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Should Testing for THC in Altered Children Be Routine?

January 25, 2024

Written by Aaron Lacy

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Given a substantial increase in the number of children who have accidental ingestion of THC-based products, these authors advocate for consideration of early urine drug screen testing on children who present with altered mental status or neurological symptoms.

Side effects include the munchies, red eyes, and coma
The number of children with unintentional ingestion of THC who have presented to the ED has increased >1000%. Children are not just small adults, particularly when it comes to cannabis ingestion. THC can cause significant alteration in mental status and neurological findings, and they often are under the influence of the drug for much longer than adults. This article highlights 5 cases of children who presented with altered mental status that ultimately had THC confirmed on urine drug screen as the culprit. Four of these cases got significant medical workups, including CT of the head, before a diagnosis was made on drug screening. The authors highlight in one of the cases, early UDS findings of THC prevented further invasive testing or imaging. This case series was used by the authors to advocate for early THC screening in children with undifferentiated abnormal neurological findings and altered mental status to try and reduce invasive testing and radiation exposure in this young population.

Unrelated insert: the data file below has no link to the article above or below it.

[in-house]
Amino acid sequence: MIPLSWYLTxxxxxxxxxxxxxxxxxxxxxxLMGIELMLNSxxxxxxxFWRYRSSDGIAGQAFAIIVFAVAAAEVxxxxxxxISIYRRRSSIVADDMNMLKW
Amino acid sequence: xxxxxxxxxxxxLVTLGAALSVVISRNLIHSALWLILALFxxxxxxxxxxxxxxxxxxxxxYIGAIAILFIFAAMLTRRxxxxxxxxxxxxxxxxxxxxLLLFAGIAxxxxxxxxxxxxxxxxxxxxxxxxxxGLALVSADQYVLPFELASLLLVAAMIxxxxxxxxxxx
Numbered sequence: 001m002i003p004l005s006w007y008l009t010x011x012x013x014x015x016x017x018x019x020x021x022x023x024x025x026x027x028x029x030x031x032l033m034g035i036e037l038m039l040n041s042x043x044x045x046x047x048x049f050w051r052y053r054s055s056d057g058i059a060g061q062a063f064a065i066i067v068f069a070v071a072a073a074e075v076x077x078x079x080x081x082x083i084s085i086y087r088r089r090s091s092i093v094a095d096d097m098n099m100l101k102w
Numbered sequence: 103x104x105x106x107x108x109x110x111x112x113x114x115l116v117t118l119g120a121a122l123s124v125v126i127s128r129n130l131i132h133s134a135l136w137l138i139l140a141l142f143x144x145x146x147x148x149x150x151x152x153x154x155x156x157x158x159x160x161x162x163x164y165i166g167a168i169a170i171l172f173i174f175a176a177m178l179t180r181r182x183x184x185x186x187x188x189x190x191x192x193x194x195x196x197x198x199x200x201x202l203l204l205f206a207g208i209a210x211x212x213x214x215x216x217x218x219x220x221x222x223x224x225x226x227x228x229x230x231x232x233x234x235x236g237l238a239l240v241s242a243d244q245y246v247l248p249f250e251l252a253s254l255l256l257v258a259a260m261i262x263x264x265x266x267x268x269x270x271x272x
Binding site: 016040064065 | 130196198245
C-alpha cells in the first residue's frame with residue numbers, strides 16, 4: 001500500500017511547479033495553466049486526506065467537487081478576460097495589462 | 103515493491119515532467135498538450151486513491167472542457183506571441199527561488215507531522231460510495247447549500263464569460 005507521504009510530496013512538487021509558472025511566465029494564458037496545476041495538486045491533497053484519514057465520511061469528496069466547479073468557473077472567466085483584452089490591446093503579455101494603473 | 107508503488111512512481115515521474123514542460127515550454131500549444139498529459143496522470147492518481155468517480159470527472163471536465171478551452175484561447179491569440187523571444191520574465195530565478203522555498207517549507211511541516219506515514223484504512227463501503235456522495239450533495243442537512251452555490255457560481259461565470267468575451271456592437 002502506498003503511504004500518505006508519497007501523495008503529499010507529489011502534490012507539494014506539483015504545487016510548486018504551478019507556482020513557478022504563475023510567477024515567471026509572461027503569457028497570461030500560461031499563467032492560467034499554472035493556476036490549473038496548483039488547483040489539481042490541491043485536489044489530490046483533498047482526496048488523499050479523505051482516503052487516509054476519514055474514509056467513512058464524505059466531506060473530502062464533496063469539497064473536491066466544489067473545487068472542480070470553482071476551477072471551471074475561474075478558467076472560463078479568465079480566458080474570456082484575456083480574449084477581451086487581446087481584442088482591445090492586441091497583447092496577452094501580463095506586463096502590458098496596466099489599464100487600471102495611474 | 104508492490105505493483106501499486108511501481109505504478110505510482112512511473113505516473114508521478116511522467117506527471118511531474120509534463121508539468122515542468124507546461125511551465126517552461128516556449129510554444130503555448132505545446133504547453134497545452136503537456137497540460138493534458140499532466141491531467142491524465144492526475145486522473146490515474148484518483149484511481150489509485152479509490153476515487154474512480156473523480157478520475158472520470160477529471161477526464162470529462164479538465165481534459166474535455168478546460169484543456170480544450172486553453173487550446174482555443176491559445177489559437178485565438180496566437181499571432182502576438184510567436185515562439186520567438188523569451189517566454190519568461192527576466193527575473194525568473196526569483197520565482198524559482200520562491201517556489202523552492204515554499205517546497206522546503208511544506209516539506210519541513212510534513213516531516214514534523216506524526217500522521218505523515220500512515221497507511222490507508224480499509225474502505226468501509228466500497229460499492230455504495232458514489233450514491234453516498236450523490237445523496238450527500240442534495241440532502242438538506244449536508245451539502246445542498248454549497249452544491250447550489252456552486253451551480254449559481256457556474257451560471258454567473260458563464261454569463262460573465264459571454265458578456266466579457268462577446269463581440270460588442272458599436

How will this change my practice?
Regardless of how you feel about the legalization and commercialization of cannabis, there have been significant downstream effects on the healthcare system. Packaging of THC edibles can be indiscernible from other candies for most young children, and clinicians must add THC ingestion to the differential in children with altered mental status. I will probably not start blanket adding a UDS to the workup of all children I see with AMS, but I need to be asking about the possibility or presence of edibles in the home. If there is high suspicion and association with clinical stability, I may defer further significant testing until a UDS results (i.e. lumbar puncture, head CT) depending on my work location. I can get rapid UDS results in a tertiary care pediatric ED, but when I am working in my other location, a 10-bed ED, the UDS is a send-out that will not result in a reasonable enough time to clinch the diagnosis.

If you are looking for THC on a UDS in your patients, a few key points from the article:

  • Secondhand smoke rarely causes results in a positive UDS, so if you see THC on one, it was likely smoked or ingested by that patient.
  • THC can be detected on most standard UDS testing, but other cannabinoids or synthetics often cannot be detected, so a negative test does not preclude some form of cannabis as the culprit.

Source
Urine Toxicology Test for Children With Altered Mental Status. Pediatrics. 2023. Nov 1;152(5):e2022060861Doi: 10.1542/peds.

One thought on “Should Testing for THC in Altered Children Be Routine?

  • uds should be on all workups of ams. however, difficult to say if to withhold ct imaging while we wait for the uds. additionally, our uds testing is not a quantitative but rather a qualitative test.

What are your thoughts?